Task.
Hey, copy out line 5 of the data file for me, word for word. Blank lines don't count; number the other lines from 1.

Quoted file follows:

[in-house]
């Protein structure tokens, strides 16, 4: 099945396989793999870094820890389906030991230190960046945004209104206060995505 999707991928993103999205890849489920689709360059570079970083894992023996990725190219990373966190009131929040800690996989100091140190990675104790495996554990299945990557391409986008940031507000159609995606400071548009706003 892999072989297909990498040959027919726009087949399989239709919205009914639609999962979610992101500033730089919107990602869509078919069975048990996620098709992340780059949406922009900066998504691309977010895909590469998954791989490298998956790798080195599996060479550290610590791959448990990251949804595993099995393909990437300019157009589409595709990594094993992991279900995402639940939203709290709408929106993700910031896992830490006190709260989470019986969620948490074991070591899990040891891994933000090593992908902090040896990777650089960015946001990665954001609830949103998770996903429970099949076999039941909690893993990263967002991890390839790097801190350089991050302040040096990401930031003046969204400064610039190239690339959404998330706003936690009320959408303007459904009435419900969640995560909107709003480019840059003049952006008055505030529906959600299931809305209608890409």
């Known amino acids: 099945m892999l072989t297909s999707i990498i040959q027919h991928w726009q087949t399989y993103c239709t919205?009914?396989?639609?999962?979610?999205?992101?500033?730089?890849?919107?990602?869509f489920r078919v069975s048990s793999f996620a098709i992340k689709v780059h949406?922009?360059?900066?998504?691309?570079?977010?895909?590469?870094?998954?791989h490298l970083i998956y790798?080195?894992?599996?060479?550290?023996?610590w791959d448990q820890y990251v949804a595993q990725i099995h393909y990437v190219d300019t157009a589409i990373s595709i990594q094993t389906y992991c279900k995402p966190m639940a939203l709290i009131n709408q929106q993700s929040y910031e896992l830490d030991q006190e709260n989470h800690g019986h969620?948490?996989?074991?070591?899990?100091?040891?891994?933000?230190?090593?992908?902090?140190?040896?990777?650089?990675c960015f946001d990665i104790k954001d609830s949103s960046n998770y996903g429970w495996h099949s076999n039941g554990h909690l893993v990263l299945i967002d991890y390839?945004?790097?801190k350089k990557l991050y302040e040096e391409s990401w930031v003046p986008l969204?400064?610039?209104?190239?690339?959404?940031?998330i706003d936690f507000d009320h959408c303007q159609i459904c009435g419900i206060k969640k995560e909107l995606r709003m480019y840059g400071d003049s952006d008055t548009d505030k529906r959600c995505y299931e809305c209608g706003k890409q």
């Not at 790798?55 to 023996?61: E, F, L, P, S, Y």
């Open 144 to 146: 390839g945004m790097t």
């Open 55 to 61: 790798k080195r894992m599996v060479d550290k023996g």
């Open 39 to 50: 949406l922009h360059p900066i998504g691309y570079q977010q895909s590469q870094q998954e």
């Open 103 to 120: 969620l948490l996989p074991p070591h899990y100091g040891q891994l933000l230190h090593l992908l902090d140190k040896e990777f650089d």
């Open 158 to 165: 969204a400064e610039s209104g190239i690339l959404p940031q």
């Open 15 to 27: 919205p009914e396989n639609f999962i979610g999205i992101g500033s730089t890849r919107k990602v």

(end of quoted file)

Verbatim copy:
């Open 144 to 146: 390839g945004m790097t």